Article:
My name is Shruti; it’s pronounced [shru-thī], not [shroo-tee]. As a Sanskrit word, “Shruti” originates from the Vedas found in Hinduism meaning “lyrics” or “that which is heard.” As a name, “Shruti” is seen as canonical in Hindu texts, seen as revelations coupled with unquestionable truths.
When I think about my name now, I cherish the cultural context that goes along with it. But it’s been a long journey of accepting my own cultural identity that’s gotten me to this point. Now, I’m finally addressing something that I’ve been struggling with for quite some time.
Flashback to elementary school. Every year when the first day of school rolled around, a new set of teachers would take turns consistently interpreting my name as [shroo-tee]. I didn’t have the courage to correct them when all my peers already knew me as [shroo-tee]. The path of least resistance was to allow a mispronunciation that’s stuck for years to just keep on going. I had convinced myself that it was easier and, therefore, it must be the more natural way of saying my name.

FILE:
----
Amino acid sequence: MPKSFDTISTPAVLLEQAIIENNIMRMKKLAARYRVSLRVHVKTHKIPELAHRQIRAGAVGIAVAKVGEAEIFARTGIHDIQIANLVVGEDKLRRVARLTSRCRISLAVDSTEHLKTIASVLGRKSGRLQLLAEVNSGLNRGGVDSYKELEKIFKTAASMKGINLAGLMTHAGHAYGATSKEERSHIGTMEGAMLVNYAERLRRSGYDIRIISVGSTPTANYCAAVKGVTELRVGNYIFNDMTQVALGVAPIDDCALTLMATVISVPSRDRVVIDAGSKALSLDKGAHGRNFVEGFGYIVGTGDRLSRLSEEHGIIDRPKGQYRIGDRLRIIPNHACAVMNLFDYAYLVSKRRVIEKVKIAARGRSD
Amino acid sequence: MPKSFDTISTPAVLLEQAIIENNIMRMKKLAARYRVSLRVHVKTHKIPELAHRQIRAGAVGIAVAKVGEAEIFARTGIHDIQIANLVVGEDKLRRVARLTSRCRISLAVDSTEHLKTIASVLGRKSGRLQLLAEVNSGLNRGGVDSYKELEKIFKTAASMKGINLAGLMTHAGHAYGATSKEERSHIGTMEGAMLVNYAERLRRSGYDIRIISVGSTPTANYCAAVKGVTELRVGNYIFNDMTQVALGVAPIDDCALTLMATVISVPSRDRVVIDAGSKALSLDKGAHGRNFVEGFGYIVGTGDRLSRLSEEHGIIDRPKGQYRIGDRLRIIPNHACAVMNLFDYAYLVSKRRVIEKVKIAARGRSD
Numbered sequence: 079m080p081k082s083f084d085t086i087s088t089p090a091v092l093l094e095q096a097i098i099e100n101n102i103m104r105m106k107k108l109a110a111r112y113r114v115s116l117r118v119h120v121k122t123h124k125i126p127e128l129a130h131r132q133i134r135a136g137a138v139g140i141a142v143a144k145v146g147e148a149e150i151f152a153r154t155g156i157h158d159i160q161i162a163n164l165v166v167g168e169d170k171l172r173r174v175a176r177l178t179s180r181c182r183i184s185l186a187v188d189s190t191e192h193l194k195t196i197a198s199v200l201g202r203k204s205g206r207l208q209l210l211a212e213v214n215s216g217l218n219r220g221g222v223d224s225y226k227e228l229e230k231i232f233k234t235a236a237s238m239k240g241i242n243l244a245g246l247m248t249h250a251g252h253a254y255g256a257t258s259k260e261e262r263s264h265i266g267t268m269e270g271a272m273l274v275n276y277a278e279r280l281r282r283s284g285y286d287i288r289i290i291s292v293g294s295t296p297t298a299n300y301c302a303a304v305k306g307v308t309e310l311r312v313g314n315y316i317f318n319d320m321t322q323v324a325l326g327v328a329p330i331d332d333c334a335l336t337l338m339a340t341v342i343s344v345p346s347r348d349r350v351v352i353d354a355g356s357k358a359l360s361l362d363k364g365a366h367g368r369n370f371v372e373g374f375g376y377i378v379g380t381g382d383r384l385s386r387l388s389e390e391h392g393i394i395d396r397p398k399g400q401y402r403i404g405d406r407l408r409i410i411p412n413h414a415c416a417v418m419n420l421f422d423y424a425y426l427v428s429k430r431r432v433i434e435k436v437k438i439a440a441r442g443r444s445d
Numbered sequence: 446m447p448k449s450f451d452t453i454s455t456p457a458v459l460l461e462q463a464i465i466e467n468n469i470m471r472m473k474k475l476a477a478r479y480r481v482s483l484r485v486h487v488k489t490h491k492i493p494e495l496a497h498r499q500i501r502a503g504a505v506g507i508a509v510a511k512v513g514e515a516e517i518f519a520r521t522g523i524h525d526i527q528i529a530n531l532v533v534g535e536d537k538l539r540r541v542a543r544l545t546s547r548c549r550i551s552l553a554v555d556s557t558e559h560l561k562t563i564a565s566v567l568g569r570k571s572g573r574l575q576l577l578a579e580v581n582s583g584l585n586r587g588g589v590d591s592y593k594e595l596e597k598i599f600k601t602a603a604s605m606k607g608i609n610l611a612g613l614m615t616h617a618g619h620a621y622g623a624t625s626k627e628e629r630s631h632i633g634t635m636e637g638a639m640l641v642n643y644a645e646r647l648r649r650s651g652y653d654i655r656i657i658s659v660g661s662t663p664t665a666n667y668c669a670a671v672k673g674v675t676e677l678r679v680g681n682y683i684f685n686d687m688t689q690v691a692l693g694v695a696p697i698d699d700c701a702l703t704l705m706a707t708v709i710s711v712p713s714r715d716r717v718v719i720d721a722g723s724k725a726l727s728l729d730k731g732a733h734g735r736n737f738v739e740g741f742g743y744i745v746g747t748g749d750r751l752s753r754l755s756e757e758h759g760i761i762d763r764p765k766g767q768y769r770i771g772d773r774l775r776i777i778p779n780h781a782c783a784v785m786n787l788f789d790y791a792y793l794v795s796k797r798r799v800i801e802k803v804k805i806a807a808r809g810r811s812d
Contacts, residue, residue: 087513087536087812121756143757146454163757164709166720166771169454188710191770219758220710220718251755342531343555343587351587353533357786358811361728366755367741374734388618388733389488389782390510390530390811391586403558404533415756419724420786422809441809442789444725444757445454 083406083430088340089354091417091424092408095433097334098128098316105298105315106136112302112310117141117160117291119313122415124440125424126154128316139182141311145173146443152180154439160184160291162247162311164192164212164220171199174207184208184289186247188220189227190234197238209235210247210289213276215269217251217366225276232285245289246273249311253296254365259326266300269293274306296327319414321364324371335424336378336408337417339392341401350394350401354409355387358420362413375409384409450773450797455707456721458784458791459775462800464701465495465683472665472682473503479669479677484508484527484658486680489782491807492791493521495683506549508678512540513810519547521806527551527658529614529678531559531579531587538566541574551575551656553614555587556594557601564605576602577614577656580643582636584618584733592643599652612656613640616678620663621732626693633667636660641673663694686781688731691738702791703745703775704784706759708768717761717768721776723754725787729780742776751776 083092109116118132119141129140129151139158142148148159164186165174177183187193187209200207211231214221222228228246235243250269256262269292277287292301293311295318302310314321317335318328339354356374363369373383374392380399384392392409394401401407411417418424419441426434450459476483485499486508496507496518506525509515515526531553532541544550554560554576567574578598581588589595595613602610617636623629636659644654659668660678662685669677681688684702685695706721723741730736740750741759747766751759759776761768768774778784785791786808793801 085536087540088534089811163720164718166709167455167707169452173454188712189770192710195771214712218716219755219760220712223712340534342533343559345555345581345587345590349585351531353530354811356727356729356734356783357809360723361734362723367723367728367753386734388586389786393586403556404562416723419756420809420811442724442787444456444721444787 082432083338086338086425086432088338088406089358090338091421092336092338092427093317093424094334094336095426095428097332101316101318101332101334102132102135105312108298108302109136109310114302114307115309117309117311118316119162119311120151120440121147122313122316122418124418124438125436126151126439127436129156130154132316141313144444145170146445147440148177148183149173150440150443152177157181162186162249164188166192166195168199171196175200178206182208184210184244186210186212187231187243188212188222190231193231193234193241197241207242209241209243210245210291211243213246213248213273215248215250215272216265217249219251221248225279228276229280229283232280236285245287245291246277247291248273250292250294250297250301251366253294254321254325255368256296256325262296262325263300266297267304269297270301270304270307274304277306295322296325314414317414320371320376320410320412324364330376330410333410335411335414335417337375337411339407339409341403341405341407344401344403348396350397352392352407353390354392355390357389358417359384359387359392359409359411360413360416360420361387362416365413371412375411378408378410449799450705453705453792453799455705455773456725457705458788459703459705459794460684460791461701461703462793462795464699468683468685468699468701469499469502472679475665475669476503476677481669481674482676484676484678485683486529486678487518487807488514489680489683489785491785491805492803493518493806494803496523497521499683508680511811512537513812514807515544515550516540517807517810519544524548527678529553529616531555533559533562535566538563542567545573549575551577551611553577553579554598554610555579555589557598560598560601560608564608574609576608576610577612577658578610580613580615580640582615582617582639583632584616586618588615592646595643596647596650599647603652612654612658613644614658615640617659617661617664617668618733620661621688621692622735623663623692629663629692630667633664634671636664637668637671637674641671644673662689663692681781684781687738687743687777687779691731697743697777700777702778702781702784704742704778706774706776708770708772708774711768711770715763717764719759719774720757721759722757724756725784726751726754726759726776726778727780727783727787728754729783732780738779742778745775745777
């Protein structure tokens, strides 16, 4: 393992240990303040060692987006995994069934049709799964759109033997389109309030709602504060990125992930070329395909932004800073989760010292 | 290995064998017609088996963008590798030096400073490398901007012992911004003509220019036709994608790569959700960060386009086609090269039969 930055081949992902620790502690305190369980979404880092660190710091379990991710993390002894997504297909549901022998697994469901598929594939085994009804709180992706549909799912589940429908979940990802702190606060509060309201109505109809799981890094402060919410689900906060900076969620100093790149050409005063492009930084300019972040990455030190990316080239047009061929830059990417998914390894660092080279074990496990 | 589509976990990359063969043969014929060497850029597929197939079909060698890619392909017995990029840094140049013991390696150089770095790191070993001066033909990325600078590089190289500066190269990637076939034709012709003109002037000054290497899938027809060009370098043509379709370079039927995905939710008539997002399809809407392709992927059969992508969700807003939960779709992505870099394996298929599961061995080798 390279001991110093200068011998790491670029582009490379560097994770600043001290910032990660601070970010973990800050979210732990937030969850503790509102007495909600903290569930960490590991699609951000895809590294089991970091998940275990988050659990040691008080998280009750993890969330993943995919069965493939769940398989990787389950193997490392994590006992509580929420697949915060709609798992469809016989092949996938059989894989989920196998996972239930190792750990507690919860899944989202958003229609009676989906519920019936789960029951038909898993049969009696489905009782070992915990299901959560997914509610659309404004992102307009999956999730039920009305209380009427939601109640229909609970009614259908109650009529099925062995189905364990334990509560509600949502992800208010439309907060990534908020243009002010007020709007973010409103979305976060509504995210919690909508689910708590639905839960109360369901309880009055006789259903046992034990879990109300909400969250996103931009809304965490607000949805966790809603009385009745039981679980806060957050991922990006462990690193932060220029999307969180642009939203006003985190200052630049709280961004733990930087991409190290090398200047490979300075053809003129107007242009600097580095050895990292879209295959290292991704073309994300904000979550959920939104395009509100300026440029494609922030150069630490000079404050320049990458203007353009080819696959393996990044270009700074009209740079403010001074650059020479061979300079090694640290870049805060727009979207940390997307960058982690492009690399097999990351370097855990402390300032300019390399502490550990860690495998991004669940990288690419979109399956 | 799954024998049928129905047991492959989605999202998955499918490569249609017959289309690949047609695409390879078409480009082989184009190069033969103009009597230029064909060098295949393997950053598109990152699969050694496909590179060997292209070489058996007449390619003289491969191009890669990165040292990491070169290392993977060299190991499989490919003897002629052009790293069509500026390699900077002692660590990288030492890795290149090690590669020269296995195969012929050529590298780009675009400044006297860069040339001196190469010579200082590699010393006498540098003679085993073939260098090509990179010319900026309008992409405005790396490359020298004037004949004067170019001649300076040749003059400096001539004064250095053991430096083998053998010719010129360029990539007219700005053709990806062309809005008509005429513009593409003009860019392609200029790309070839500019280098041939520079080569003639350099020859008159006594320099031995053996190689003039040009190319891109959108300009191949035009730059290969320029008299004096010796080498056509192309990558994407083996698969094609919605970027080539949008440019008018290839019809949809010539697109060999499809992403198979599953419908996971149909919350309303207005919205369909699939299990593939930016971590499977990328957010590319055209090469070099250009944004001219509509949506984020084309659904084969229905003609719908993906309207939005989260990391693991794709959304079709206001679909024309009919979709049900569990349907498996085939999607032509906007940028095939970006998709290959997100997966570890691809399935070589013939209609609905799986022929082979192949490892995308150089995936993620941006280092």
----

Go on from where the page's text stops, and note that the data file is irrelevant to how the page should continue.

And so my habit of code-switching began.
Molding to my environment was great for the people I was with, but where would I draw the line for myself?
Code-switching is “the holistic process of assessing a situation and presenting ourselves in the way that we deem most appropriate for the given context” according to Logan Browning, the lead actress in Dear White People. It means we silence a part of ourselves just so we don’t offend a majority of people, thereby making them more comfortable in our presence. It’s a habit that most minorities are familiar with and often fall back on without even noticing, myself included. I lived like a chameleon shifting my language, my tone of voice, my body gestures, and even modifying…